How much did I know about James Garfield before reading Candice Millard's most recent book, Destiny of the Republic ? Almost nothing. He was just a trivia answer to me, one of our four assassinated presidents. But here's the thing: Garfield didn't die from the assassin's bullet. He died from massive infection eighty days after the shooting, almost certainly caused by his doctors.
Luckily for Garfield, the wound caused by his shooter was not mortal, though that would have been merciful. Unfortunately, the U.S. medical profession, for the most part, did not believe that there were such things as microorganisms. In 1881 doctors in America believed in the "old stink" of surgery, and were proud of it.
The infection that raged through Garfield's body was introduced within moments of the shooting by the unwashed hands and instruments of the doctors who battled to attend to him, determined that they would be the one to find the bullet. Their poking and prodding would continue daily, and it makes for cringe-worthy reading. Garfield lingered for months, getting weaker, always in excruciating pain, suffering in the heat of a humid D.C. summer, in a White House in disrepair where rats were a constant problem. When he finally succumbed and the autopsy was done, the doctors knew immediately what the cause of death was. The bullet was not where they had insisted it had to be, but on the other side of the body, "safely encysted." However, infection was everywhere. The doctor's words were "Gentlemen...we made a mistake." Profound septic poisoning was the cause of death.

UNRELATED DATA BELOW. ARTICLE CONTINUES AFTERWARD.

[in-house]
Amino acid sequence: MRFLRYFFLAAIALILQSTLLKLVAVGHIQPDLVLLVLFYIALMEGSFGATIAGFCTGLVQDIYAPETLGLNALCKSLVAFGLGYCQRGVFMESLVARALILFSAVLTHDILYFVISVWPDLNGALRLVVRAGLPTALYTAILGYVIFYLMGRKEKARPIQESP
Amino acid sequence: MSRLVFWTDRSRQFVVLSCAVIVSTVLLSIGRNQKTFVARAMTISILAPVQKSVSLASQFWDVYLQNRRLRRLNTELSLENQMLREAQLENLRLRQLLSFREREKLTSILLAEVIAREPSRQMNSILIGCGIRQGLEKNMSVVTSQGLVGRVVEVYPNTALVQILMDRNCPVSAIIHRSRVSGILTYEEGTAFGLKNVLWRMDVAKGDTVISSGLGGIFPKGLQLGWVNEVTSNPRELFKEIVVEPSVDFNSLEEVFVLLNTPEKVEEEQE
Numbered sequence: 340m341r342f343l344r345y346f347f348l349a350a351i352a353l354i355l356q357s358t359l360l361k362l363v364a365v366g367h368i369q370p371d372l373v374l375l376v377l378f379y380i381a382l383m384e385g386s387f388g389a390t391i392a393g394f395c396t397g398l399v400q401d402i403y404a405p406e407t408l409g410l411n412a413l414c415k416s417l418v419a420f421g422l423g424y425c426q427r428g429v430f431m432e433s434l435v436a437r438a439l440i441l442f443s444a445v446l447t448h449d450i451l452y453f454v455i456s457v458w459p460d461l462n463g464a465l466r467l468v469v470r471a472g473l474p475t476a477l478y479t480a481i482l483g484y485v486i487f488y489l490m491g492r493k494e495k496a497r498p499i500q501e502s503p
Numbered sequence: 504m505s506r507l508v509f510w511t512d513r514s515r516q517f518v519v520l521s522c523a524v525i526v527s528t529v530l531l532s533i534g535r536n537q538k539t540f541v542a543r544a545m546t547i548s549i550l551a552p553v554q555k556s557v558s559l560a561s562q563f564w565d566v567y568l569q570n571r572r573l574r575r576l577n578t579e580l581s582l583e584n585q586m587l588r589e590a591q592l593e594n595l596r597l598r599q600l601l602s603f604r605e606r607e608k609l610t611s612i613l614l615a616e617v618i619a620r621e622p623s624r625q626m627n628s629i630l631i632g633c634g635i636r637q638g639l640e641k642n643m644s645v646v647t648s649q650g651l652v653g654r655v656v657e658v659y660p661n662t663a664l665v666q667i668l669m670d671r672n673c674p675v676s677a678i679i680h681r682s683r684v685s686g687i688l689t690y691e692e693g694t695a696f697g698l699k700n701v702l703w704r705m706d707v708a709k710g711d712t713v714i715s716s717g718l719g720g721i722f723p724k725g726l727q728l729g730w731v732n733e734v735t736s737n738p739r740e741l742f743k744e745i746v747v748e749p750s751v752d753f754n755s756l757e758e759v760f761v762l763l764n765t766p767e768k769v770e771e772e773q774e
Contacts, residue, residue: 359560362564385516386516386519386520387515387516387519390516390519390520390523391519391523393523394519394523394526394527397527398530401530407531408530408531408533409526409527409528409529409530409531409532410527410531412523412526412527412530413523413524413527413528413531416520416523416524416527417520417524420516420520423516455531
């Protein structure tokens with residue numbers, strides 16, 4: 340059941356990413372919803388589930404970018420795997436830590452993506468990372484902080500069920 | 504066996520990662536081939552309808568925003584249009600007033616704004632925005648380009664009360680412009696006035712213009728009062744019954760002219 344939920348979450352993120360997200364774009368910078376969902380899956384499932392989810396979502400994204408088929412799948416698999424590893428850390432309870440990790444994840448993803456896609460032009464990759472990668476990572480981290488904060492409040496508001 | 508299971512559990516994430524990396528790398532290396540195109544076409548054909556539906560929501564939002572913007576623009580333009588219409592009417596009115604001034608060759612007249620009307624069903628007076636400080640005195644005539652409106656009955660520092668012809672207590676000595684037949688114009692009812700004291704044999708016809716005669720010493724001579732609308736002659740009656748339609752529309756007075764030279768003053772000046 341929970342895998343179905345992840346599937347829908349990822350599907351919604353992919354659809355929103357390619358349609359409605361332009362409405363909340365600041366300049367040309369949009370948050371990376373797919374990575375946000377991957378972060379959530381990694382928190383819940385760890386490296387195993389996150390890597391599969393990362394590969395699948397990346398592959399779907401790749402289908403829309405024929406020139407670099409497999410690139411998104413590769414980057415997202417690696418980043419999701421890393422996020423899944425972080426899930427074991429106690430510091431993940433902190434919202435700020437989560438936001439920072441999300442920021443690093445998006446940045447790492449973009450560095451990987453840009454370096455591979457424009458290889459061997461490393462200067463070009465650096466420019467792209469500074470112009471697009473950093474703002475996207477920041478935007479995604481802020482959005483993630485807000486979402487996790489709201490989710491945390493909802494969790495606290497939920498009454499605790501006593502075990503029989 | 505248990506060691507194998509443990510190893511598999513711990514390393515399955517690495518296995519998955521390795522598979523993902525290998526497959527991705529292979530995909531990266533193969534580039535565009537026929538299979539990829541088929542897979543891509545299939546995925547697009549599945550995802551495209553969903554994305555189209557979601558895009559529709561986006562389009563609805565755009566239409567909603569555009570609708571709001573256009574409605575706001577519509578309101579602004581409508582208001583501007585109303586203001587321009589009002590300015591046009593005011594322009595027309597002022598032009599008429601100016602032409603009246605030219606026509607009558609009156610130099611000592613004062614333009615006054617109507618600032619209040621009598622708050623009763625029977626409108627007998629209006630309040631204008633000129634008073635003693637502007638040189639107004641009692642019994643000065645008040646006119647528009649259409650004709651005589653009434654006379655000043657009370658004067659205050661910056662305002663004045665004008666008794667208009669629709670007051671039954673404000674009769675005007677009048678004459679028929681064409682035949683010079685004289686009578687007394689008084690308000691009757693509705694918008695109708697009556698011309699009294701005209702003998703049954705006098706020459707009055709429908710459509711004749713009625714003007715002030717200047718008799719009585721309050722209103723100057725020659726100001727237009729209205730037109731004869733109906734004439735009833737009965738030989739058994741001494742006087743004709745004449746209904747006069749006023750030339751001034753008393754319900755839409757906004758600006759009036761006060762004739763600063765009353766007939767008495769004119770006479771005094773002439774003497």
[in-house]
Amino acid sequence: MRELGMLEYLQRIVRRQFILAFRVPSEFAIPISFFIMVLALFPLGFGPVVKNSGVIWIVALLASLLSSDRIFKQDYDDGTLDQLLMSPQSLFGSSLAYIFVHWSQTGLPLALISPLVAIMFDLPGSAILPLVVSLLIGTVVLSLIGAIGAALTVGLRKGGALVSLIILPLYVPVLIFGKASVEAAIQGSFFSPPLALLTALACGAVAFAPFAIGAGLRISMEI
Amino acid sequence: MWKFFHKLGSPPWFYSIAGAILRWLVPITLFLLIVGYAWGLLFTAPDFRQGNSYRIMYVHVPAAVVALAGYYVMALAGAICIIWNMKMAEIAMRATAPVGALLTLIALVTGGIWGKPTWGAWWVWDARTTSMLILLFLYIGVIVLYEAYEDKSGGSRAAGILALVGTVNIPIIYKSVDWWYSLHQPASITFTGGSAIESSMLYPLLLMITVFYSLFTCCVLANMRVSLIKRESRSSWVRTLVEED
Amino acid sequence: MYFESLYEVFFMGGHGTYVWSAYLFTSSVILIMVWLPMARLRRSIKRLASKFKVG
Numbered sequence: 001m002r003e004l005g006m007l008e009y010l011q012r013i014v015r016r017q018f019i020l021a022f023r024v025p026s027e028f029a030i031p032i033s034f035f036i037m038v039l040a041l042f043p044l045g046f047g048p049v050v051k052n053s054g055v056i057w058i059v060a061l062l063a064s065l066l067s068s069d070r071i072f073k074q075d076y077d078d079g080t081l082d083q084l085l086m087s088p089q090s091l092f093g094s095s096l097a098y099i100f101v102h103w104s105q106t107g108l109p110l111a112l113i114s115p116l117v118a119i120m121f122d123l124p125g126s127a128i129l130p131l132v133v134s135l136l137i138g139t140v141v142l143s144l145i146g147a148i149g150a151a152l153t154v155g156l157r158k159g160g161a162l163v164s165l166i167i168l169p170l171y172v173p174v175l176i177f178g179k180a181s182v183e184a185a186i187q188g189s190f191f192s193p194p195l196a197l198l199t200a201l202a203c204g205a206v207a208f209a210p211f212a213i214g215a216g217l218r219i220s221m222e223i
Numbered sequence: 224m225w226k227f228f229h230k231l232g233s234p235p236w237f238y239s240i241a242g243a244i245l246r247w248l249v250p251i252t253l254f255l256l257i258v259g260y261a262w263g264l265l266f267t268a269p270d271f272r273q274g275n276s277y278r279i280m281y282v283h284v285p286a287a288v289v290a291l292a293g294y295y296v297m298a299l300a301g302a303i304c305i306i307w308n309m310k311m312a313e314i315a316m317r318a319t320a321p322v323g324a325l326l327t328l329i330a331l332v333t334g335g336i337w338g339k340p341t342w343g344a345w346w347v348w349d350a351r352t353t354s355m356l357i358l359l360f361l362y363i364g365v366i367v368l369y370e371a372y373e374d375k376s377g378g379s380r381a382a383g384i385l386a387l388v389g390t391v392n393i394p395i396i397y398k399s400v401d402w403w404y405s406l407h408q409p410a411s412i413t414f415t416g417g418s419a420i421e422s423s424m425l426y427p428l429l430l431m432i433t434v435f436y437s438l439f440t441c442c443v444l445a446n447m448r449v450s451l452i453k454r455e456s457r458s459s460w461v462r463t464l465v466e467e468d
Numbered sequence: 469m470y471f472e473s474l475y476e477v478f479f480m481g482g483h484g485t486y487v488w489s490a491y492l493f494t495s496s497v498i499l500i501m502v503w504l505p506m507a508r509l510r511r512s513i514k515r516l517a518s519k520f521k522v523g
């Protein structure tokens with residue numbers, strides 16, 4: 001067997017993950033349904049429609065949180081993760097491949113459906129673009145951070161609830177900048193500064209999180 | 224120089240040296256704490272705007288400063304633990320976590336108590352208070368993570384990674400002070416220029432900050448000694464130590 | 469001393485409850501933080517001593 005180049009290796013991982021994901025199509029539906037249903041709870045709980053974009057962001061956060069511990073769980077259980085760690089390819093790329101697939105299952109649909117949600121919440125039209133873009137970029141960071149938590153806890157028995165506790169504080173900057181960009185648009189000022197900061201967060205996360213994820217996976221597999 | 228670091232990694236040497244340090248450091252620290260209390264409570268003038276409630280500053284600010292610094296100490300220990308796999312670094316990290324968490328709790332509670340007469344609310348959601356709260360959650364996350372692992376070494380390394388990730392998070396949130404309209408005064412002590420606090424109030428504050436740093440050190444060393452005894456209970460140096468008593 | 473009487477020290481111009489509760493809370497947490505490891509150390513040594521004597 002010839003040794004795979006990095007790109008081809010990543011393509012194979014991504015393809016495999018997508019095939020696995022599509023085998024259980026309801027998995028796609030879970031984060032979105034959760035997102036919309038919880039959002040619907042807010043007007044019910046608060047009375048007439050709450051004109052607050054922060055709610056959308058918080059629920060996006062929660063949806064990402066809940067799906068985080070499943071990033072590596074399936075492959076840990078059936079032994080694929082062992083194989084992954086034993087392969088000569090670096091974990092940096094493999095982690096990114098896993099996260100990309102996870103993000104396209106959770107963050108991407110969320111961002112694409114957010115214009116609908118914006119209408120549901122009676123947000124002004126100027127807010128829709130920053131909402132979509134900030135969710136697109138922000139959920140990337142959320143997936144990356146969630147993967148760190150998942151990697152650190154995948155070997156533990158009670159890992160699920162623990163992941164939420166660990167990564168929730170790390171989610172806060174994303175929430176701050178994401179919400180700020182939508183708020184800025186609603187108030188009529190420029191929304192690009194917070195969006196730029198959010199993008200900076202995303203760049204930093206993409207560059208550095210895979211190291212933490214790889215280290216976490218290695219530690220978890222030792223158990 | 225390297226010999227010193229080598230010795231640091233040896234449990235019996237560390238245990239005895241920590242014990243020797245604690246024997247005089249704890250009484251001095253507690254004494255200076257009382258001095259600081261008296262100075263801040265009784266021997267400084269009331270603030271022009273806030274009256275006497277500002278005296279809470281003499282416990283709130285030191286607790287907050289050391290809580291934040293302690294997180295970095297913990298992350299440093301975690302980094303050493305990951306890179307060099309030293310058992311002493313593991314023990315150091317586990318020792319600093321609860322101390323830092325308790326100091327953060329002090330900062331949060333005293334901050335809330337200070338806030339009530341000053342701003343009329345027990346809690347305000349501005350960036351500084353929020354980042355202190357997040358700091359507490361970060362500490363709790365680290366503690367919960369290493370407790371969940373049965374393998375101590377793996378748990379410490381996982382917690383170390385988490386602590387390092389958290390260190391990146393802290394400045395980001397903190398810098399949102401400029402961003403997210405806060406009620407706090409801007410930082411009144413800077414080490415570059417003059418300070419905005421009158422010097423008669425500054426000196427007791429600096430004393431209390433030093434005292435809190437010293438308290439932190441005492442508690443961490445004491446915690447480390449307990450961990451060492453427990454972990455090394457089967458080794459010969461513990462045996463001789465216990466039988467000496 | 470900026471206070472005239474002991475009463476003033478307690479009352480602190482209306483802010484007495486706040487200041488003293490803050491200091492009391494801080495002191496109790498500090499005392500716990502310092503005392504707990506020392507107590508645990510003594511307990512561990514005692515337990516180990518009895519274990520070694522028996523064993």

The story of Garfield's life and death by Candice Millard is a stunning read, and gets an "un-put-downable" rating from me. Two remarkable ironies: had Garfield been an average Joe in America in 1881, he would've likely survived the shooting without a doctor's care, and simply walked around with a bullet in his body, like tens of thousands of his fellow Civil War veterans. Second, had the shooting happened just a few years later, it would have been easily survivable, even with a doctor's care.
[Destiny of the Republic: A Tale of Medicine, Madness and the Murder of a President by Candice Millard won the Edgar Award for Best Fact Crime, and was also a New York Times Notable Book of the Year, 2011]